The second component built into the best practices model is a feedback system to assess the effectiveness of teaching interventions. Experimenting with a host of methods invites inquiry regarding how to gauge the merit of these approaches. According to Brookfield (1995), "a constant feature of your teaching should be a concerted effort to understand how students are experiencing learning" (p.200). Recommended, however, is a process that is markedly different from end of term faculty evaluations. With performance evaluations administered at the conclusion of courses, few opportunities prevail to make changes for the benefit of the learners that provided the feedback. Any modifications are usually intended to enhance future delivery of courses, making it questionable if these changes meet the needs of subsequent groups of learners.

Therefore, the feedback system should not be a conclusionary course assessment, but a continuous process woven into the teaching-learning relationship. Magnifying its significance as a vehicle for course enhancement and faculty development, requires feedback systems to retain a prominent and constant role in the curriculum. For example, consider how debriefing sessions can be built into all class activities to measure not only content comprehension and application, but to explore the salience of the activities from the learners' perspectives. As well, prior to concluding each day's lesson, time should be scheduled for a final "check in" noting the learners' overall perceptions, insights, and observations.

Dialoguing about the process heightens educators' awareness of their success in creating a learning community and positions them appropriately to make changes. It helps open communication channels so that any emerging issues have a forum within which to be addressed. Regularly voicing concerns and working toward minimizing barriers decrease the probability of problems festering and eventually eroding satisfaction and performance (Rekar Munro & Laiken, 2004). Early detection of and response to the need for change are more manageable than attempting to navigate the change process once learners become despondent. Making changes based on learner input launches a cyclical feedback process whereby educators develop and sustain a connection with learners disclosing that which is, and isn't, contributing to learning.

In reality, educators are prone to concentrate on the dissemination of course content without equal consideration of how the process affects learners and subsequently, shapes the learning environment. Justification for this imbalance ranges from classroom time constraints to the conviction that process-related issues belong within the educator's jurisdiction and are not suitable for in-class dialogue. When educators detect that learners are disengaged, rarely do they dialogue with them about the source of the disconnect. By avoiding such discussions, educators run the risk of estranging learners from the teaching-learning relationship to the point where the learning may derail. Hence, the academic goal of advancing subject knowledge and application may be thwarted when process-related issues fail to be voiced and lead to learner apathy and indifference. As a preventative measure, regular "process checks" encourage the free exchange of insights, comments, and recommendations for change (Rekar Munro & Laiken, 2004).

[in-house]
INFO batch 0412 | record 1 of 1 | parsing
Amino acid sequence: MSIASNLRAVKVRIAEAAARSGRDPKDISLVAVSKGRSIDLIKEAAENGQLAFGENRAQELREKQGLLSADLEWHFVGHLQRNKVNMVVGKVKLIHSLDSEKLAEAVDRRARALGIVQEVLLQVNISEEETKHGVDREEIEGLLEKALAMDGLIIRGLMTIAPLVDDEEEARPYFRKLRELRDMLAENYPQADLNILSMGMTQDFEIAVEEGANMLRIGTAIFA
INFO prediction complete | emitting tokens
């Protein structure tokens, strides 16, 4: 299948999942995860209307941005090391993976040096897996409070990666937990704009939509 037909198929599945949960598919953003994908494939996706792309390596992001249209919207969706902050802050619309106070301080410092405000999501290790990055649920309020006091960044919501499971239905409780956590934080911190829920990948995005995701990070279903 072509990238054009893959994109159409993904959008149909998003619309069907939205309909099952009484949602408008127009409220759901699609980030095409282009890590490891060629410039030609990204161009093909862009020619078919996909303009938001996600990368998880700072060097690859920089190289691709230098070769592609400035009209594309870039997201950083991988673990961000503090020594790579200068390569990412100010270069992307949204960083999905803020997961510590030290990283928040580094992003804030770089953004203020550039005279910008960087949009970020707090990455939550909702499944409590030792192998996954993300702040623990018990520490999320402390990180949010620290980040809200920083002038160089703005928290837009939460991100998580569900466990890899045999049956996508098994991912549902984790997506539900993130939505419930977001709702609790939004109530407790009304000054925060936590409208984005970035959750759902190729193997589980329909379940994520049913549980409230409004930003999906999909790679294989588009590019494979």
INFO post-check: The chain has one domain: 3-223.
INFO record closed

Engaging in Personal Reflection

Personal reflection, the final ingredient in the best practices framework, invites educators to examine their teaching philosophy, assumptions, and practices, and to assess critically the value-added contribution of their teaching. Palmer (1998) raises the question, "Who is the self that teaches?" and declares that knowing oneself is as integral to teaching as knowing one's learners and the content being taught. According to Hunt (1992), "to begin with ourselves is to stop and reflect, to enter into our inner life, to connect with what we feel and believe, and to set an inner foundation for continuing our life's journey" (p. 3).

Assuming educators promise more than a cursory review of who they are and what they do as professionals, personal reflection has the potential to awaken refreshingly new insights regarding one's philosophy and approach to education. Willingness to confront the efficacy of one's paradigms of teaching and learning, and the role that educators play within this framework, is the essence of professional excellence. When educators become less protective of their personal constructs and remain curious about and receptive to change, they escape the treadmill of standard practices and mindsets that keep them entrenched in the status quo and unlock their vast potential to be exploratory. Quinn (1996) advocates that, in order to achieve excellence, educators must commit to reinventing themselves, that is breaking from the status quo and engaging in ongoing experimentation, reflection, and evaluation.